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Lymphoedema and Exercise: What can I do?

Breast cancer is the most common diagnosed cancer in women and it is estimated that approximately 19,500 new cases will be diagnosed in 2020. Australia has one of the best survival rates in the world with the 5 year survival rate being 90.1% and the 10 year survival rate being 83%.

Along with this survivorship comes other concerns and one that ranks highly is lymphoedema. Lymphoedema is swelling in the arm or breast, that comes about due to having lymph nodes removed and /or radiation therapy to the lymph nodes. It is a chronic and incurable condition that may cause pain and impairment of limb function. It is a costly and time consuming condition to treat and manage and causes substantial emotional distress. The incidence of lymphoedema varies, however, approximately 20% of women who have had surgery for breast cancer, will develop lymphoedema.

As a consequence of treatment and concern for the arm, women may avoid using the affected arm. Advice in the past was to rest the at risk arm and avoid lifting things such as their handbag, shopping or other objects. This in fact may lead to a lack of use and prevent recovery after surgery.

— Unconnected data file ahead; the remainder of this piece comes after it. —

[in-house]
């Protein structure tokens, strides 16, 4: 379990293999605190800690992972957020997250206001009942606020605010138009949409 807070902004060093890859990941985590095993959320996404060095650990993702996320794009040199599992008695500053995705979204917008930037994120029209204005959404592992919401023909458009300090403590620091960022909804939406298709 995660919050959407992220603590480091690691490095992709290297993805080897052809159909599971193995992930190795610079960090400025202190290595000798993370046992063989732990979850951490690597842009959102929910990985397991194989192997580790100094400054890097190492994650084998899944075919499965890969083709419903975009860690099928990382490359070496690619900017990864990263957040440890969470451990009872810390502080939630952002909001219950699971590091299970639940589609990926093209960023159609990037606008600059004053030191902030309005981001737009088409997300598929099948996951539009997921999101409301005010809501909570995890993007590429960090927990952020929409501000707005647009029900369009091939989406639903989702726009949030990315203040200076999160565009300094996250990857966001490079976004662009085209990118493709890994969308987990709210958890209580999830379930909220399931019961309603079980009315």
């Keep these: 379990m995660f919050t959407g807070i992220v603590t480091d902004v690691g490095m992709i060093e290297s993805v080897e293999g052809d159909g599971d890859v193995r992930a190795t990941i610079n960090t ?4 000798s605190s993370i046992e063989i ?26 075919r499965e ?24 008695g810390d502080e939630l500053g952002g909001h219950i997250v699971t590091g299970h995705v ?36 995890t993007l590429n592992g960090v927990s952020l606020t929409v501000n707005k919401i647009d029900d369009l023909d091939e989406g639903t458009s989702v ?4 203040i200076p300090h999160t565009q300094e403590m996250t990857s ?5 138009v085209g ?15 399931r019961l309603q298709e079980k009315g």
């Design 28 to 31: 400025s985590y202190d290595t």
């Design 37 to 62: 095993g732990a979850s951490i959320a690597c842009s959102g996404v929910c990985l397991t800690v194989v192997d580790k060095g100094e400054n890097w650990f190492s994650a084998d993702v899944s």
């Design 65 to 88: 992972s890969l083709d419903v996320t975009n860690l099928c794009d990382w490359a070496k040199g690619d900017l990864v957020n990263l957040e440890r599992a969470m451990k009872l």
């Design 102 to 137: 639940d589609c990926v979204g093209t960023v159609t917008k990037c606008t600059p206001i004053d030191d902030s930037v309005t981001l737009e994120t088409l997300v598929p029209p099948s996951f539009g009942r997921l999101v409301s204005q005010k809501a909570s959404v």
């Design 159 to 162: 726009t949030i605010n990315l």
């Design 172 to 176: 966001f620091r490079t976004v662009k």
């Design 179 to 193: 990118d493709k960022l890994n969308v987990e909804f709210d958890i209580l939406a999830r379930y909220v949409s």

We now know that, in fact, one of the most important ways to help prevent lymphoedema is through a guided and progressive weights program. In the USA a doctor by the name of Kathryn Schmitz, conducted a study of 141 women who had had surgery for breast cancer and either had lymphoedema or were at risk of developing lymphoedema. The women all underwent a supervised but progressive weights program for 13 weeks and then continued independently with the program for another 39 weeks. The program included stretches, cardiovascular exercise, upper and lower body weights and core exercises. During the 13 weeks of supervised exercise the participants were instructed on how to safely and progressively increase the number of repetitions, sets and the weight of each exercise, with no upper limit on the weight that may be achieved.

The outcome was that across the group there was a reduction in symptoms, an increase in strength and a reduction in the incidence of exacerbations of lymphoedema.

So in short: doing a supervised but progressive weights program can help prevent lymphoedema and decrease symptoms and exacerbations in those that already have lymphoedema.

If you would like to get started on a program, please give our friendly staff a call. We would be delighted to get you going! Join us in the clinic or we can give you an online program.

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